Davar believes they are beginning to understand the biological mechanisms of why some patients initially do not respond to immunotherapy but later can with a FMT. It is tied to the background level of inflammation produced by the interaction between the microbiome and the immune system. That paper is not yet published.
It has been almost a year since the last in his series of cancer treatments and Jamie has no measurable disease. He is cautiously optimistic that his cancer is not simply in remission but is gone for good. "I'm still scared every time I get my scans, because you don't know whether it is going to come back or not. And to realize that it is something that is totally out of my control."
"It was hard for me to regain trust" after being misdiagnosed and mistreated by several doctors he says. But his experience at Hillman helped to restore that trust "because they were interested in me, not just fixing the problem."
He is grateful for the support provided by family and friends over the last eight years. After a pause and a sigh, the ruggedly built 47-year-old says, "If everyone else was dead in my family, I probably wouldn't have been able to do it."
"I never hesitated to ask a question and I never hesitated to get a second opinion." But Jamie acknowledges the experience has made him more aware of the need for regular preventive medical care and a primary care physician. That person might have caught his melanoma at an earlier stage when it was easier to treat.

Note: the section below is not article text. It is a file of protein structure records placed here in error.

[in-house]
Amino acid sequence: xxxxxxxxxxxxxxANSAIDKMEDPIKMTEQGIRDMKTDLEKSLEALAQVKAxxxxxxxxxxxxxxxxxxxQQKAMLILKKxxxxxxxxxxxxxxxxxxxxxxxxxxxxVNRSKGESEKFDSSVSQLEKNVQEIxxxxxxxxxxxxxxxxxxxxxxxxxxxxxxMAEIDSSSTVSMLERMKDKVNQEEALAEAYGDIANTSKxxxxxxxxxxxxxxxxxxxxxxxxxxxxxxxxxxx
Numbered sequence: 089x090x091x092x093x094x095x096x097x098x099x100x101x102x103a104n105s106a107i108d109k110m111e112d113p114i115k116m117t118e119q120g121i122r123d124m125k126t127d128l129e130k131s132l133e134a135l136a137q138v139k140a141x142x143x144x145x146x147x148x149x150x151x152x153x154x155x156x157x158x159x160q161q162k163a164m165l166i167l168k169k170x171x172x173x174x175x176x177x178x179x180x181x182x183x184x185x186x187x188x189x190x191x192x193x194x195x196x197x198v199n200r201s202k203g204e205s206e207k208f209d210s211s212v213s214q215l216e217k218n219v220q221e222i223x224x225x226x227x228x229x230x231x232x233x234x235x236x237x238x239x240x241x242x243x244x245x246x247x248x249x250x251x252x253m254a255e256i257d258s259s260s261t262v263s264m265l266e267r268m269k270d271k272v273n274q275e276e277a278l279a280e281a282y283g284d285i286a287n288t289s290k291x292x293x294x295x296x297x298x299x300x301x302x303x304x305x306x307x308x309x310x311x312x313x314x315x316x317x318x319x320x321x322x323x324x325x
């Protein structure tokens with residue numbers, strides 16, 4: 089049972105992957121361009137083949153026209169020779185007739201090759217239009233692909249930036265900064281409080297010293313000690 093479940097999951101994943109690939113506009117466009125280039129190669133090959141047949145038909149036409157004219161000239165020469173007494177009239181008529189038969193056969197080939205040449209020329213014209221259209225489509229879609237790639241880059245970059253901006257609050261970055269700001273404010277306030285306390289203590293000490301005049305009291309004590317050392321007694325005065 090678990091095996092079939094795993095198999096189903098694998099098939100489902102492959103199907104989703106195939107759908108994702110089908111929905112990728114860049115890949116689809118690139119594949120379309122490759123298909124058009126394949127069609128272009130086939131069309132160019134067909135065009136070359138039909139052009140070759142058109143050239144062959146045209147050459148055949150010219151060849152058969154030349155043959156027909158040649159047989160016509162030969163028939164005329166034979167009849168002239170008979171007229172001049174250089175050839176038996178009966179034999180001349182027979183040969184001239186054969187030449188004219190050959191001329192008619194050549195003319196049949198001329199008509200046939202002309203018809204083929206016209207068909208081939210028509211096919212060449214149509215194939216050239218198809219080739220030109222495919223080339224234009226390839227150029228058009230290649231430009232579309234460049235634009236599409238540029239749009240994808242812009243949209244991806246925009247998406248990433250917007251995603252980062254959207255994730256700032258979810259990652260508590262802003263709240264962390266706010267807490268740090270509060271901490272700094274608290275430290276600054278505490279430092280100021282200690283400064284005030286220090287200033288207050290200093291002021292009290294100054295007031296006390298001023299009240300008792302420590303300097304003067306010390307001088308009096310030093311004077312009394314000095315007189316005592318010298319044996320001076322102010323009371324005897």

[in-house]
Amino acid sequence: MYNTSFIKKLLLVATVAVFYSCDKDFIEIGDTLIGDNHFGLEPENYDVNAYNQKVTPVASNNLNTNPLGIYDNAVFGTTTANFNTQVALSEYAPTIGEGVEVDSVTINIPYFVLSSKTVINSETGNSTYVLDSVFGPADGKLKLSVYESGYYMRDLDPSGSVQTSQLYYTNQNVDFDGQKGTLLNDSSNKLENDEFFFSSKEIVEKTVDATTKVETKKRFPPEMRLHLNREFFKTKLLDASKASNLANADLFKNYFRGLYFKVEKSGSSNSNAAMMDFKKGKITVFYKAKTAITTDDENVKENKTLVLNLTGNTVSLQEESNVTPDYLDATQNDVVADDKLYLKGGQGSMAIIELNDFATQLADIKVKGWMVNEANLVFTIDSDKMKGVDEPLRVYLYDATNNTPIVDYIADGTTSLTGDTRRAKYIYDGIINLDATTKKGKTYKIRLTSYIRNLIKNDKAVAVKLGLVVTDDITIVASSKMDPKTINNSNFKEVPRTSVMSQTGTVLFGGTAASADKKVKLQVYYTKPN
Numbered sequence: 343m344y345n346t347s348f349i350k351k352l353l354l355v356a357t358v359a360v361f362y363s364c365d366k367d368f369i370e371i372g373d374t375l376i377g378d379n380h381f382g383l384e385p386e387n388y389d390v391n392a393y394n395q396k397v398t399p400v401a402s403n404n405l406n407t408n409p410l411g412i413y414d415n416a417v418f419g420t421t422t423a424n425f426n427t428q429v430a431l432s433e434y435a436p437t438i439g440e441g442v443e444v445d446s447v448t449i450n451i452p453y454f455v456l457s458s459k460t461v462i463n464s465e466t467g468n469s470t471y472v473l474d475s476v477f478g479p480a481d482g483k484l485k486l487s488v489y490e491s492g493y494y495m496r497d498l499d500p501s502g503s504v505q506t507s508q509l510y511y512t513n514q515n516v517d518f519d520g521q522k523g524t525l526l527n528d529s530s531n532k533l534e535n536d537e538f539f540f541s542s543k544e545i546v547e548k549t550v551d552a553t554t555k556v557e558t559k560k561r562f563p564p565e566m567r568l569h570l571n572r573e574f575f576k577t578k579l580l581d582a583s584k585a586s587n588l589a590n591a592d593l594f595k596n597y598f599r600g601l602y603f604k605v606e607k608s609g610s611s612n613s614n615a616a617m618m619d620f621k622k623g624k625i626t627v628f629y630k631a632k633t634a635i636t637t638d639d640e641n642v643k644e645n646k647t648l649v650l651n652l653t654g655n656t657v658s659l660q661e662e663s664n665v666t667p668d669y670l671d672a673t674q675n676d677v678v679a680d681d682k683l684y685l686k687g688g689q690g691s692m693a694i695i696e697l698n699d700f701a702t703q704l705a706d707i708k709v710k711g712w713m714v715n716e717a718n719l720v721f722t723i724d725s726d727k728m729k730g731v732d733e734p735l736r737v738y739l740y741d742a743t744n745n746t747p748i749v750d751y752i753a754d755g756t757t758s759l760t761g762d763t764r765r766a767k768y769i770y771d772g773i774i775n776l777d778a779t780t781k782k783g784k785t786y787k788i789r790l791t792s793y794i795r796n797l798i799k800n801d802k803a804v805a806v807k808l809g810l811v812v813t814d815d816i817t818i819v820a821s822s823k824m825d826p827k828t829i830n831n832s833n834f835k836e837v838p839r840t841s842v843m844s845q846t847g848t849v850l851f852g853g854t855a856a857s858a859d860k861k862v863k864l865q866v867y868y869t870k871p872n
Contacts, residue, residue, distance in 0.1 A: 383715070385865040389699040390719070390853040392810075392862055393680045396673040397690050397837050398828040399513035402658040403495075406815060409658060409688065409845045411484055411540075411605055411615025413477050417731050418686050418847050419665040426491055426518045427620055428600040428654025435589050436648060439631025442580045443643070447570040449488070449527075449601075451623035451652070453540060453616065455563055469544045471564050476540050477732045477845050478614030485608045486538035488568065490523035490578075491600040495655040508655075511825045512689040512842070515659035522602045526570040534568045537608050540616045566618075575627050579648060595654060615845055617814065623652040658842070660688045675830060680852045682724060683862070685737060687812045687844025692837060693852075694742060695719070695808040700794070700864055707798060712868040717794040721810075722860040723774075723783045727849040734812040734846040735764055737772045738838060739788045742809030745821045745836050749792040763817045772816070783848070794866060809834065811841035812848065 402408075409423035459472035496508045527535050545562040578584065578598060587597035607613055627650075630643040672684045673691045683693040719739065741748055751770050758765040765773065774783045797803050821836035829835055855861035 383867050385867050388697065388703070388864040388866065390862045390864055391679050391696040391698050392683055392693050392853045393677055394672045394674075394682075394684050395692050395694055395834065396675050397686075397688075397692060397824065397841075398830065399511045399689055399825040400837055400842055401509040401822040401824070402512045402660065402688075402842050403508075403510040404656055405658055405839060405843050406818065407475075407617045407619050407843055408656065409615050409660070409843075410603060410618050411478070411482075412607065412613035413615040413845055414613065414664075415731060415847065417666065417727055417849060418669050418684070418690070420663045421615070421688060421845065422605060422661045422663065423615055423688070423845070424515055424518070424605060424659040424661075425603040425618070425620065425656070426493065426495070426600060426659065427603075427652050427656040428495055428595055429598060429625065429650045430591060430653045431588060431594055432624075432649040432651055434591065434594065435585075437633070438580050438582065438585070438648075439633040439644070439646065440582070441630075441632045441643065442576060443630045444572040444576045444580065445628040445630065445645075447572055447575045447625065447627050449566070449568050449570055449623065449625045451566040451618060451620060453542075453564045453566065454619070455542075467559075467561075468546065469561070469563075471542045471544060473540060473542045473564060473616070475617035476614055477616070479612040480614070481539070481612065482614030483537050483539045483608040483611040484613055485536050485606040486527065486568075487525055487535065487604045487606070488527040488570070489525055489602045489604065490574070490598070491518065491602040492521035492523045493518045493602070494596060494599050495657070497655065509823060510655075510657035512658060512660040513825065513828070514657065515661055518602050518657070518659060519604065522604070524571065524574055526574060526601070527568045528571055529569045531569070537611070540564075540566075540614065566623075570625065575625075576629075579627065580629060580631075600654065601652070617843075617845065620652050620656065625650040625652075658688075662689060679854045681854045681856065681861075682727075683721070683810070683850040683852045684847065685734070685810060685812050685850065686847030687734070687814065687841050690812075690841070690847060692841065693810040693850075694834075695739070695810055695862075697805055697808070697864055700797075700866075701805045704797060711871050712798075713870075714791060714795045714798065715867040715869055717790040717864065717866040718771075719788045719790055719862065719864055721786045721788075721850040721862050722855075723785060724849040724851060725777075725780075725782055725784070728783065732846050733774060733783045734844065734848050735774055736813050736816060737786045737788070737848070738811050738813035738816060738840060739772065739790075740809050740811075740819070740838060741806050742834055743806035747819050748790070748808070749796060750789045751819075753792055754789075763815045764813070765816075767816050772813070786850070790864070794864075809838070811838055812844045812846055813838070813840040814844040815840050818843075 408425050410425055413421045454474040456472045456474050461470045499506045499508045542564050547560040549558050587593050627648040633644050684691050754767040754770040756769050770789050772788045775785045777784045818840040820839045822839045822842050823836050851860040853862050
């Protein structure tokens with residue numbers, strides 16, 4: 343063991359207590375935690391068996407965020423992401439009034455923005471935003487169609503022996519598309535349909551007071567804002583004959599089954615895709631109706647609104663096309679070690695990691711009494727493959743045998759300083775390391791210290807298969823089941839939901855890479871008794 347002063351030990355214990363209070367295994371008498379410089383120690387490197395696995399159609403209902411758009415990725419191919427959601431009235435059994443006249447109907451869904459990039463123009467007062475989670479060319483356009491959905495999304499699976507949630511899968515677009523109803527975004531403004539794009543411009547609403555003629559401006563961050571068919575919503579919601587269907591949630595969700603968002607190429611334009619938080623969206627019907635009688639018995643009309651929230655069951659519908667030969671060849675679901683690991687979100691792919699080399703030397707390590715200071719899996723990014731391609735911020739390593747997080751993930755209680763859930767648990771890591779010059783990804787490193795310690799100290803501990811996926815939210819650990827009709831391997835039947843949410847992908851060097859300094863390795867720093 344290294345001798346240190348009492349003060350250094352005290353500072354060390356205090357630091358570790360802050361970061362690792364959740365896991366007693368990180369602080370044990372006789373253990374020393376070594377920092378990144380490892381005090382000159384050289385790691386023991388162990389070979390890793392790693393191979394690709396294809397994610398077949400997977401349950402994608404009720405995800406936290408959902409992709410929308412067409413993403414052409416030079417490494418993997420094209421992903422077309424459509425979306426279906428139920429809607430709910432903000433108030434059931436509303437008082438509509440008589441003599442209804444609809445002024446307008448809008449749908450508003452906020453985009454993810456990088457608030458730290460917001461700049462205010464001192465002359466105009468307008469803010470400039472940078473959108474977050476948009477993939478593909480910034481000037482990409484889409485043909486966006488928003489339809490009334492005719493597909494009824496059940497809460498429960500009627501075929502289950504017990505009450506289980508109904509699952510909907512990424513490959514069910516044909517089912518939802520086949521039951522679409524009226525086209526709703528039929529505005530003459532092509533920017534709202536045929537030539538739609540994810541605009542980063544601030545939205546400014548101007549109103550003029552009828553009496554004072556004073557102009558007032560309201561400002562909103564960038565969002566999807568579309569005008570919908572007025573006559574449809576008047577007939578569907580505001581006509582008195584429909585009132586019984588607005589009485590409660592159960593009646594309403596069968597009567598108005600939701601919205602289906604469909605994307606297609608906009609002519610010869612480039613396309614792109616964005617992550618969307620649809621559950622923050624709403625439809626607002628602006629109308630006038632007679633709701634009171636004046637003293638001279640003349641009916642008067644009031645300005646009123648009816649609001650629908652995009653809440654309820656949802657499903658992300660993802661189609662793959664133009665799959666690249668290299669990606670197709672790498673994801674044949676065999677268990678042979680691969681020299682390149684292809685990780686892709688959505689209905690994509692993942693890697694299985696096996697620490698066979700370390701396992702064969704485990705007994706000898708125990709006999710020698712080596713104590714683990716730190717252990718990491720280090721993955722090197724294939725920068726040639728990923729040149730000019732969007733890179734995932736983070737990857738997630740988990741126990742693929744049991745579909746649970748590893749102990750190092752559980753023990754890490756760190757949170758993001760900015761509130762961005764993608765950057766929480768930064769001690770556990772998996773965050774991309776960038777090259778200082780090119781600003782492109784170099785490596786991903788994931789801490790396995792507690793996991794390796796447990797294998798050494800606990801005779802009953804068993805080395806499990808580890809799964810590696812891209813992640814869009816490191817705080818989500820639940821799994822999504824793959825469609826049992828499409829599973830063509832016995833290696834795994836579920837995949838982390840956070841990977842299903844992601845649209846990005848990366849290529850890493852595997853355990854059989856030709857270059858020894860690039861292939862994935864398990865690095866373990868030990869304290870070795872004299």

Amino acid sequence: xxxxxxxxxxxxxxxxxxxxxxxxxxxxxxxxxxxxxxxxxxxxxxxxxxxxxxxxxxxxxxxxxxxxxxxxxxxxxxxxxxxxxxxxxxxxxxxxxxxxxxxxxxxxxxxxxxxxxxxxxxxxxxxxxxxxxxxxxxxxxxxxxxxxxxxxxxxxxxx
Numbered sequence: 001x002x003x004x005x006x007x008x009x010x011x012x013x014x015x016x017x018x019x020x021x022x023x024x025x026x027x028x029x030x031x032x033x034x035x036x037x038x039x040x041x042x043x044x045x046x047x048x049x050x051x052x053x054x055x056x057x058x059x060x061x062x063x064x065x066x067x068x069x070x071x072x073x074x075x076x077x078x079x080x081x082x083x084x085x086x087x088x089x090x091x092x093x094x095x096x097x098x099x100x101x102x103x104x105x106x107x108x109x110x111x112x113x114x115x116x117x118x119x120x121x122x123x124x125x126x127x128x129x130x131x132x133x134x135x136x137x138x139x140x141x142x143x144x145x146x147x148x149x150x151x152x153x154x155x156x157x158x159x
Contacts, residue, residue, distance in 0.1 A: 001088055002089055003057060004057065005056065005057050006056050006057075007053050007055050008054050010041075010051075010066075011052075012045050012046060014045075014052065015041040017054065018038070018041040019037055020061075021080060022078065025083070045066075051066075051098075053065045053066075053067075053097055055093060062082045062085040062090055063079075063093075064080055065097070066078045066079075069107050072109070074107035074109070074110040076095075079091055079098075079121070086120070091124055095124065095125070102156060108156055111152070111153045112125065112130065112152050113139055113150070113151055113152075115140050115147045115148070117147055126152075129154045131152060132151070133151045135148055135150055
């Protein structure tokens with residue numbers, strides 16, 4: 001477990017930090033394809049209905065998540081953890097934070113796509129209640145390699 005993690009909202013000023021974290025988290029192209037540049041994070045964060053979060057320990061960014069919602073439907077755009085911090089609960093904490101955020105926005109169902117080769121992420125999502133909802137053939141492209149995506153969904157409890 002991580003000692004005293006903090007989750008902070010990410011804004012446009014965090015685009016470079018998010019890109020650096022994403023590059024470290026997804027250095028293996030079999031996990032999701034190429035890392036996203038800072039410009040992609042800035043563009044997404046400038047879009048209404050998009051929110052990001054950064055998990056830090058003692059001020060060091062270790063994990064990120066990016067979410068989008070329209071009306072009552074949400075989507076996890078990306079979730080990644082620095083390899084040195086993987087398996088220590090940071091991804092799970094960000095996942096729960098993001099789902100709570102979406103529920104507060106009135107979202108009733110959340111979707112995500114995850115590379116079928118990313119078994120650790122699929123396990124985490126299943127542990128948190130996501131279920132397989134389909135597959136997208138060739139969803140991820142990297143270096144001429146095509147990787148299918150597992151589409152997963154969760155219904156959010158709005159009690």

Davar continues to work on clinical studies to optimize this treatment approach. Perhaps down the road, screening the microbiome will be standard for melanoma and other cancers prior to using immunotherapies, and the FMT will be as simple as swallowing a handful of freeze-dried capsules off the shelf rather than through a colonoscopy. Earlier this year, the Food and Drug Administration approved the first oral fecal microbiota product for C. difficile, hopefully paving the way for more.
An older version of this hit article was first published on May 18, 2021